Art Beyond Sight
INDEPENDENT LIVING AND SOCIAL SKILLS THROUGH THE ARTS A MODEL PROJECT
■ Activity Plan ■
- Activity Plan Overview
- Activity Plan 1: Introduction, Curriculum Overview, Role Play
- Activity Plan 2: The Mechanics of Eating
- Activity Plan 3: The Mechanics of Eating, Part II
- Activity Plan 4: Providing Adaptive Equipment
- Activity Plan 5: Field Trip to the Library
- Activity Plan 6: Setting the Mood – Dining Ambience
- Activity Plan 7: Making Healthy Food Choices – We Are What We Eat!
- Activity Plan 8: Making a Pyramid – and Placing Your New Snacks in its Food Group
- Activity Plan 9: Making Quick and Healthy Means to Go – Lunch Prep
- Activity Plan 10: Let’s Go Shopping!
- Activity Plan 11: Express Yourself
- Activity Plan 12: Share A Meal
- Activity Plan 13: Understanding Place Settings
- Activity Plan 14: Final Event
- Come to the Table Songs by Brian Muni
- Books for Kids
Grade Level: 3rd Grade
Duration: One class of 45 minutes to an hour and 45 minutes
Materials: Newspaper; store circulars; transportation or preparations for a visit to supermarket; approximately $20 for food purchases.
Objectives and Outcomes: Students learn how to plan a meal and then shop for it; to make a visit to a local supermarket, stroll the aisles, gather food into a shopping cart; learn to read and understand displayed labels (unit cost); comparison shop, considering price and nutritional values; handle money at the checkout counter, review money handling strategies; packing and transporting purchases.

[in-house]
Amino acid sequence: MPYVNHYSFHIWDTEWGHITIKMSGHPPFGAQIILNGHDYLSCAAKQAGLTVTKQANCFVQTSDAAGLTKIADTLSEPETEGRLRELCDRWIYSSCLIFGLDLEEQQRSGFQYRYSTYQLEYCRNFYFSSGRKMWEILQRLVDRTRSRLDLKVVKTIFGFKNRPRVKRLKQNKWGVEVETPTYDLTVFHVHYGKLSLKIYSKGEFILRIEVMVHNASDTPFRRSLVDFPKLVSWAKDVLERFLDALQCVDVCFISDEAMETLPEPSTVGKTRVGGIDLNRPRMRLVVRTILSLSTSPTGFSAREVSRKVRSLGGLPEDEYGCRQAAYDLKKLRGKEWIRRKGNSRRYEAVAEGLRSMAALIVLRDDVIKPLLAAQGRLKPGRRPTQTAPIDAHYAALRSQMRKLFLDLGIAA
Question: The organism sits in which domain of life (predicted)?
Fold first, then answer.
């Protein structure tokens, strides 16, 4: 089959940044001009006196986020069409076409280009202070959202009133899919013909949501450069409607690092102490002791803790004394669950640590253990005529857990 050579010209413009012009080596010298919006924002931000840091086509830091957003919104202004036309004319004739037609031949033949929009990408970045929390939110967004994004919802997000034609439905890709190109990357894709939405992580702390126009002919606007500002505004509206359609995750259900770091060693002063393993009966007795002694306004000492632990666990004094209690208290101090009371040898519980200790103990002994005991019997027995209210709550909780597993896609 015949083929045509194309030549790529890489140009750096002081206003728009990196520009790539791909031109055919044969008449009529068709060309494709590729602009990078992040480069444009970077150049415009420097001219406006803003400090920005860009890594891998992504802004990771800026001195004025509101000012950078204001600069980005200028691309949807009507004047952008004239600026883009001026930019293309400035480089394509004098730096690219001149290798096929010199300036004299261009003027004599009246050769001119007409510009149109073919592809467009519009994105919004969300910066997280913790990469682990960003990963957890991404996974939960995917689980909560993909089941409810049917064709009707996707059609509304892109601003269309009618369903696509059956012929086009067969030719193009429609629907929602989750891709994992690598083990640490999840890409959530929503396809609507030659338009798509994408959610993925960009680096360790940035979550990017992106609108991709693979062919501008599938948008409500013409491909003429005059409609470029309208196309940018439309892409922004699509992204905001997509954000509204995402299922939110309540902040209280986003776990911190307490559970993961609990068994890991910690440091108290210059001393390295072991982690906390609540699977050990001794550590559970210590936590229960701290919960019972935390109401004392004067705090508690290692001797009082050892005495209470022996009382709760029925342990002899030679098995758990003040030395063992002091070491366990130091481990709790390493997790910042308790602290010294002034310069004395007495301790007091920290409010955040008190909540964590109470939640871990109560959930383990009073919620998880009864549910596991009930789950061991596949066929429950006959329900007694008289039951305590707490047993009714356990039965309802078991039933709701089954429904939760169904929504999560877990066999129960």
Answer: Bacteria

- Plan your meal: choose a snack to prepare (fruit salad, s’mores, nachos…)
- Make a list: Could they estimate what the price for the products of the lust would be? Could they estimate price for individual items? Milk? Juice?
- Where to shop? What is your neighborhood store? Where do your groceries come from?
- Walk to the supermarket
- Explain layout of the store. The supermarket is broken up into many sections:
- Meat (usually colder than the rest of the store)
- Bread (also where the cookies, cereals and crackers are kept)
- Vegetables (cold and usually vegetables and fruits have water sprayed on them to keep them fresh; frozen – generally in glass-fronted refrigerator units)
- Buying in bulk and different quantities, why people do it? How prices differ when you buy larger quantities?
- Why there are more than one kind/brand of a specific product…different milk or cereal? This is where reading labels comes handy …or asking the supermarket staff.
- Make small groups and give each an ingredient to purchase.
- Read labels and compare products (price and quality).
- Check out/ packing/ carrying.
Dependant on location and specifics of activity.
Assessment: Active participation in all aspects of class activities
Bibliography: Carle, Teens cook
Come to the Table, Shopping the Sales